The second one, which takes up more memory and is a little less efficient than the first one, but definitely more than copying all the data back and forth, would be to let your vector class hold a pointer to the first of its floats which is actually stored in the vertexarray and the dimension of the vector itself ( can be templated, so that it doesn't need any additional space ).

You should stick with the first solution as long as you don't need any extra variables in your vector class or something that takes up memory, because the second solution adds an additional 4 bytes per vertex which normally is 12 bytes of size ( increase of 33% ) or per normal which is 8 bytes ( 50% ! ) plus the runtime overhead of resolving the pointers ( not that much ^^ ) and the need of initialising all pointers and keeping track of their validity.



t0}{!c
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while vector classes are good at holding date when it comes to locations, directions and other singlar data I don't see the point in having them when it comes to model information, you won't be perform per-vertex changes on them in any meaningfull way once your load step is completed, as such while you might want to initally load your data into your customs classes once you've done any jiggery pokery you need to it you might as well dump it into a normal array.

Well, a normal array might well be overkill, instead consider a plain struct consisting of the data you'll want per vertex.


struct terraindata {
float x,y,z;
GLubyte r,g,b,a; // use four bytes so we dont botch the alignment up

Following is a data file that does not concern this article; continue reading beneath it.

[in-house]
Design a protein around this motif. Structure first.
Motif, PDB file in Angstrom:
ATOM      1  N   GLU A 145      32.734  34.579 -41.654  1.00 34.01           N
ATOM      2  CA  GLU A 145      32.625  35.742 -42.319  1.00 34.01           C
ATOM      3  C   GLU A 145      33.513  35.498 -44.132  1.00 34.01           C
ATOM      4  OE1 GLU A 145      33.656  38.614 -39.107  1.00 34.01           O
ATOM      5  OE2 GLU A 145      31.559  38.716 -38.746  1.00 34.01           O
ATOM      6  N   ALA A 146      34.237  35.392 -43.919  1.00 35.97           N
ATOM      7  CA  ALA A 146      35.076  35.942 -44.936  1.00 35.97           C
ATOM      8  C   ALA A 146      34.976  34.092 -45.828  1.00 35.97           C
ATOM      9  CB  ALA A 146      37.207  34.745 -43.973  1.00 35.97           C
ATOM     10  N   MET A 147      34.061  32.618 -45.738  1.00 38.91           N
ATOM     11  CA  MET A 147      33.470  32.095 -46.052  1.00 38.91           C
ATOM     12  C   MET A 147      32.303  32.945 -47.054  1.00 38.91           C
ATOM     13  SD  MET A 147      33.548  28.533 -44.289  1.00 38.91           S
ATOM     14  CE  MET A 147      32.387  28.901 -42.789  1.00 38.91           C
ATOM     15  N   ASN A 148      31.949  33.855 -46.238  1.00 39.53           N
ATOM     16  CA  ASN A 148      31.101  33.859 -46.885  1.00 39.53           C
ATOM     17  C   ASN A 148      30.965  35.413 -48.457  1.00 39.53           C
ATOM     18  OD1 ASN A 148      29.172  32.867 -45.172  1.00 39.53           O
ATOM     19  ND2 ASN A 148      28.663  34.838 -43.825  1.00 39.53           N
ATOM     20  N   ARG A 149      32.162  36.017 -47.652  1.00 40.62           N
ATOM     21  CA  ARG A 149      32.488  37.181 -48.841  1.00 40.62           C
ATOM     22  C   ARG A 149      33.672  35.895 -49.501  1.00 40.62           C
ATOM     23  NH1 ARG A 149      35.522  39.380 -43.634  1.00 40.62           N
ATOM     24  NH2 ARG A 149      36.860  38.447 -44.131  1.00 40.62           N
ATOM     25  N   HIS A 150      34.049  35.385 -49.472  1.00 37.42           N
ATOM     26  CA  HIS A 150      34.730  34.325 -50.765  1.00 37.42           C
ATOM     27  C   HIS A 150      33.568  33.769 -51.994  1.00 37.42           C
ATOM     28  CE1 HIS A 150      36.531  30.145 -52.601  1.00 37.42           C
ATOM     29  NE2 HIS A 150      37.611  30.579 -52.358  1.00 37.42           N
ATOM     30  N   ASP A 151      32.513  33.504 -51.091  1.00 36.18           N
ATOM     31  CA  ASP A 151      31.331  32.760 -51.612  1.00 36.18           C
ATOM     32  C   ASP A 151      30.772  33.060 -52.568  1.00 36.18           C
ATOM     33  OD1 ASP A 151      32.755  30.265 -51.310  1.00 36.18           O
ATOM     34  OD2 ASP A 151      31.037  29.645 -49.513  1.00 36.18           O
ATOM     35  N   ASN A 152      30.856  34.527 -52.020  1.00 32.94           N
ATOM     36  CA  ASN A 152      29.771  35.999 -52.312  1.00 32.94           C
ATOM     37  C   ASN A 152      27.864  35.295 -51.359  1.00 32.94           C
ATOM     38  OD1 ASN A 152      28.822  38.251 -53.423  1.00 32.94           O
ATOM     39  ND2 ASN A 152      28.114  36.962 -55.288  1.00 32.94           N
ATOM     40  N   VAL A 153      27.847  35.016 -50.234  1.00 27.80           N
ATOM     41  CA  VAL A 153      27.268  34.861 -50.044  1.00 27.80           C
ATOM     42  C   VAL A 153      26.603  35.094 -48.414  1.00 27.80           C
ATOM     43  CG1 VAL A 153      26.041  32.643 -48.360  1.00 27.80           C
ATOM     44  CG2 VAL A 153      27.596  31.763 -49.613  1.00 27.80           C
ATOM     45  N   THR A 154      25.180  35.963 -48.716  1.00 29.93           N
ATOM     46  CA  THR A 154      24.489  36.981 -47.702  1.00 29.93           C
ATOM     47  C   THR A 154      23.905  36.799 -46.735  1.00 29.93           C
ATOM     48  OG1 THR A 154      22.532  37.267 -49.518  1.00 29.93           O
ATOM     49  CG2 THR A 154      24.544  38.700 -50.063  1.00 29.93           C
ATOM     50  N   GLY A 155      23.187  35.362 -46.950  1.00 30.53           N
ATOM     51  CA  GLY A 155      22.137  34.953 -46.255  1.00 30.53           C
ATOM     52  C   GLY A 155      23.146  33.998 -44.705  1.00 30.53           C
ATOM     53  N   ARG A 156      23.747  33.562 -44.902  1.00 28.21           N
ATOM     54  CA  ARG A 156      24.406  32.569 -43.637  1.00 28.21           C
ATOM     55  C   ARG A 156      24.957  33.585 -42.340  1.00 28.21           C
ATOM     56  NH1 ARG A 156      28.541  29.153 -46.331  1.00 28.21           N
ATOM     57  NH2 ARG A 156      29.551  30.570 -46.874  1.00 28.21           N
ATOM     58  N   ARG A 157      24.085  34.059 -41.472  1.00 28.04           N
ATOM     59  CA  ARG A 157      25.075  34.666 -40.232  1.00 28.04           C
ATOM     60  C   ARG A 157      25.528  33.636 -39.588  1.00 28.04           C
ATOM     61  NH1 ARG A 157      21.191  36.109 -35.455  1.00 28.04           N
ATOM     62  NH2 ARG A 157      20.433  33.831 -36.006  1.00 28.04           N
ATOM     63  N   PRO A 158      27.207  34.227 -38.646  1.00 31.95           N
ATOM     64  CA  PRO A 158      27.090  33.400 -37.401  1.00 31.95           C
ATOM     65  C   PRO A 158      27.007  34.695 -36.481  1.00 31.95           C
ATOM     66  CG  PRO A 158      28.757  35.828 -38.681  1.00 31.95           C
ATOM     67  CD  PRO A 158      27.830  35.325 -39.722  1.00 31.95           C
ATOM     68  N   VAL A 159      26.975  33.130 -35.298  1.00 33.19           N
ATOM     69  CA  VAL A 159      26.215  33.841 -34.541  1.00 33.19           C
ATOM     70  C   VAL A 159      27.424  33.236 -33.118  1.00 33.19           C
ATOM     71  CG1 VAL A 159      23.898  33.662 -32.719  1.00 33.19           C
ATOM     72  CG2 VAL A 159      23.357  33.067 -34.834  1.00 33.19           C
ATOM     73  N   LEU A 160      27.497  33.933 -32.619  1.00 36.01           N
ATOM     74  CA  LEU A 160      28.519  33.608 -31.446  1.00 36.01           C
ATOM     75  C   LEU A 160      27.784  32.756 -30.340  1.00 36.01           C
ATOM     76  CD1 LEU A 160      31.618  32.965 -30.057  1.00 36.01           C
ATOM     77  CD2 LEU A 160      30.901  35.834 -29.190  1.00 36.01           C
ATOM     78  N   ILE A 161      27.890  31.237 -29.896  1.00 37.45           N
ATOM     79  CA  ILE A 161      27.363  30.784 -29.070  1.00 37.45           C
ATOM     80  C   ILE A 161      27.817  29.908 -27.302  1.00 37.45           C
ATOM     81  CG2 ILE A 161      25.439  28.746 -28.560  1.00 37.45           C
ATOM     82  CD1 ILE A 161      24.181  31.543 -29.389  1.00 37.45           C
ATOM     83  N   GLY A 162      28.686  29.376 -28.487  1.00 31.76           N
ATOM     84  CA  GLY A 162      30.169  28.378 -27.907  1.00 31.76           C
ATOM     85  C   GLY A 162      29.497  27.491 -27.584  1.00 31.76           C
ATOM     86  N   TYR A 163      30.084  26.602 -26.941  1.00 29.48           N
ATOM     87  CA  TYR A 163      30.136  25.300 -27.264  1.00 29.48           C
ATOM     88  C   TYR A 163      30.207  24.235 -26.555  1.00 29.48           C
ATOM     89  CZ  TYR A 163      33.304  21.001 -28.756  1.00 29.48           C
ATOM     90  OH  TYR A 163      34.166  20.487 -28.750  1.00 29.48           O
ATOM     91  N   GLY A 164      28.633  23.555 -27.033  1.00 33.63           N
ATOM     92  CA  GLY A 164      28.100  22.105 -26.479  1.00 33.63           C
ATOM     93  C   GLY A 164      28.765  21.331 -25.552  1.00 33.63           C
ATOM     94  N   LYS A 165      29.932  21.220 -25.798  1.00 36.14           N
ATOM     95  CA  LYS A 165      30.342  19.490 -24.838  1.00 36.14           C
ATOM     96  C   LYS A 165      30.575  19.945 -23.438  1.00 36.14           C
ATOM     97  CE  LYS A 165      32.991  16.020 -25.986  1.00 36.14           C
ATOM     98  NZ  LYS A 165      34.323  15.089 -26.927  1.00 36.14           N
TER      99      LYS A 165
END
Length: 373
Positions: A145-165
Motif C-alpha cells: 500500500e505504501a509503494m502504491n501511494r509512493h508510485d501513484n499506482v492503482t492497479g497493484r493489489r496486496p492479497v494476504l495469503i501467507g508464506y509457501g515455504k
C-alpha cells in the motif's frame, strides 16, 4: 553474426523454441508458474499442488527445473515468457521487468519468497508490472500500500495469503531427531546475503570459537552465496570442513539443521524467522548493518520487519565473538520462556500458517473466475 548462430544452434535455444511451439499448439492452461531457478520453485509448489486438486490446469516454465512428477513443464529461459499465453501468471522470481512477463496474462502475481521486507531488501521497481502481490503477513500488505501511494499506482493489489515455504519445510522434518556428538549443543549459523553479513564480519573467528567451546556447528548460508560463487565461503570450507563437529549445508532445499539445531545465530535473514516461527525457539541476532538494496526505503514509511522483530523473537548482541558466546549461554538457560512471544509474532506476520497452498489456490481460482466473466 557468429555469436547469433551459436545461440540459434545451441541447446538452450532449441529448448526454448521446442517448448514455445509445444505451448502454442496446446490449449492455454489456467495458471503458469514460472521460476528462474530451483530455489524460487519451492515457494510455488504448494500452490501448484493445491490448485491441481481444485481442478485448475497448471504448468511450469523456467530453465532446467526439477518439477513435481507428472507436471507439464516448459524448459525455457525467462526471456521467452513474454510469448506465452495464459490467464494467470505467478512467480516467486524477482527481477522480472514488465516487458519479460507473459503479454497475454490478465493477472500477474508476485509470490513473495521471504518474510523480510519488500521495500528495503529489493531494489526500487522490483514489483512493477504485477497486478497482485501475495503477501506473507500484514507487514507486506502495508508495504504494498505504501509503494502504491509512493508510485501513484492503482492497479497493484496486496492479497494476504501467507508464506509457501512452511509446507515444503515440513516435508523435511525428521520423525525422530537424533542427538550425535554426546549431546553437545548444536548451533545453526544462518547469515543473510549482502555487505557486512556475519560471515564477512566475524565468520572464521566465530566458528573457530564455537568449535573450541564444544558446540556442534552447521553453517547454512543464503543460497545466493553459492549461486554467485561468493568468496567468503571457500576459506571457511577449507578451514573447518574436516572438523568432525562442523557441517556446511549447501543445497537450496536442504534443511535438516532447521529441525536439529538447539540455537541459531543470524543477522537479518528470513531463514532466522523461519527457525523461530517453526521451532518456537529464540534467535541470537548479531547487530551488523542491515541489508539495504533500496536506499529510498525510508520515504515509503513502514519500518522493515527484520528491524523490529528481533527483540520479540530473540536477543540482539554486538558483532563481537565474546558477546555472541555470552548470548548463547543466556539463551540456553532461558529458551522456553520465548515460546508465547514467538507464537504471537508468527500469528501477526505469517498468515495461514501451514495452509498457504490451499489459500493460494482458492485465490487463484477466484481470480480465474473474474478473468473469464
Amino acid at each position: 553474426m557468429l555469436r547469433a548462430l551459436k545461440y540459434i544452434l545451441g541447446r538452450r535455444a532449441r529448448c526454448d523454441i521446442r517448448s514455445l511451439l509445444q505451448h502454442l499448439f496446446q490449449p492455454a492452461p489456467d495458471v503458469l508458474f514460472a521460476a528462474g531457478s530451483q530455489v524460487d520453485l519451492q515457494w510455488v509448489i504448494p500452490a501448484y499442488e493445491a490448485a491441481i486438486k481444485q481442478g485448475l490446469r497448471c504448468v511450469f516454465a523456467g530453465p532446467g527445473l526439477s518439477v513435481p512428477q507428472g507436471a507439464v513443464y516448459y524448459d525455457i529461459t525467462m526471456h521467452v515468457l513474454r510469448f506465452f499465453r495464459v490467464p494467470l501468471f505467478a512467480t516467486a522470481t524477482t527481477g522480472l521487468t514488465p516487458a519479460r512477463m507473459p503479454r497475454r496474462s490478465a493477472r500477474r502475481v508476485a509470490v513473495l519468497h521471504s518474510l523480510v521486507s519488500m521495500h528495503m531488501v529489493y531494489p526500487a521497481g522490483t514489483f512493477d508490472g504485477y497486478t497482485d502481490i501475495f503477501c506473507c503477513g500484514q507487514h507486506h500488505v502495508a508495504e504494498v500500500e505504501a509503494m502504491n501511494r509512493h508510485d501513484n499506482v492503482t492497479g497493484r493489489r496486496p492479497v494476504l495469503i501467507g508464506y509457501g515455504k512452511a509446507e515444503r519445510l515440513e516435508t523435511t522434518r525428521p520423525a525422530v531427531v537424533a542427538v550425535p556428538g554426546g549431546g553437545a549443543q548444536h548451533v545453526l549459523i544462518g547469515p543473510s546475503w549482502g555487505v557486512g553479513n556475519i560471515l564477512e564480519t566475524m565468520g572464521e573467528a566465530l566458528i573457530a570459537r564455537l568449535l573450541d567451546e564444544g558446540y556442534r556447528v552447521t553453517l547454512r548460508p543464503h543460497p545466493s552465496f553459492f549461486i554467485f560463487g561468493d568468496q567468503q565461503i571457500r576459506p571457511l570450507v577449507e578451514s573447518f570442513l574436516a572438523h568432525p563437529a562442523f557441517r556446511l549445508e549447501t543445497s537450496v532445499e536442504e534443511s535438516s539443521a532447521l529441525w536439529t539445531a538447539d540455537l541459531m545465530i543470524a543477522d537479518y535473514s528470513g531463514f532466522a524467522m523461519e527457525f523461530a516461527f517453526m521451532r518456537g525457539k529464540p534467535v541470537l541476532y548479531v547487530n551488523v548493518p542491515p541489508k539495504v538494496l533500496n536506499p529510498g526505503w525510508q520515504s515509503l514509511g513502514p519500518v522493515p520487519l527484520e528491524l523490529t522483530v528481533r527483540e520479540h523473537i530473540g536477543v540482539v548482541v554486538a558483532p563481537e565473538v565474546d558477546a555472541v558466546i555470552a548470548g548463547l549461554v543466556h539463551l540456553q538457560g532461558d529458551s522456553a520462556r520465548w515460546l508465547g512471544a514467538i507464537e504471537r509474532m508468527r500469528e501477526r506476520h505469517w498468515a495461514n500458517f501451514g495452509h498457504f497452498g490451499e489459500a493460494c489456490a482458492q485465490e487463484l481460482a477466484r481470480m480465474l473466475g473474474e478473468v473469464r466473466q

float u,v; // texture U,V coords
float nx,ny,nz; // normal vector for vertex
};



Thats one I've used before now.

You can even make a std::vector of them and render from that, just pass the gl*Pointer() functions the address of the first element as the data location (gl*Pointer(...,static_cast<void*>(&myVec[0]));).

Oh, and interleaving the data as above is a good idea on all hardware and maintaining 4btye alignment on the vertex elements is critical if you don't want to it die on ATI hardware.
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Actually my first solution behaves exactly the like phantoms. consider

struct TerrainData
{
vector< float, 3 > Vertex;
color< desc_rgba > Color;
vector< float, 2 > TexCoord;
vector< float, 3 > Normal;
};

// Now later you can perform stuff like

bla->getTerrainData()[234].Normal.normalize();



While this code would behave the same as your code it still allows you to perform all your vector algorithms on the data. You surely wont need them that often but once you will, you'll be glad to not beeing forced to rewrite code or extract the data and then put it in again.
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Thanks again for the informative replies.

I suppose I should have mentioned that I'm actually using Java and JOGL for my programs, I didn't post this in the Java forum because it's not really a Java-specific topic. But as you all probably know, Java doesn't give the coder as much control over pointers as C++ does, so I'm not sure how to implement your examples with Java.

Technically, JOGL requires NewIO Buffer objects for the gl*Pointer() calls. Any Java masters out there who might have some insight into adapting toxic's first solution to Java and FloatBuffers? (a ByteBuffer could probably also be used.)

From my look through the FloatBuffer API docs, I can't see an easy way to keep my data in a custom class and get it to a gl*Pointer function via Buffers without copying my custom data to a Buffer every frame.

Oh well, maybe I'll just have to do without my vector operations. Like toxic said, they won't be needed often, but it'd be nice to have the ability if the need comes up.


BTW, I've also decided to write two versions of my loader, one that averages the normals and one that duplicates the vertices to preserve normals when needed, just to cover all possibilities.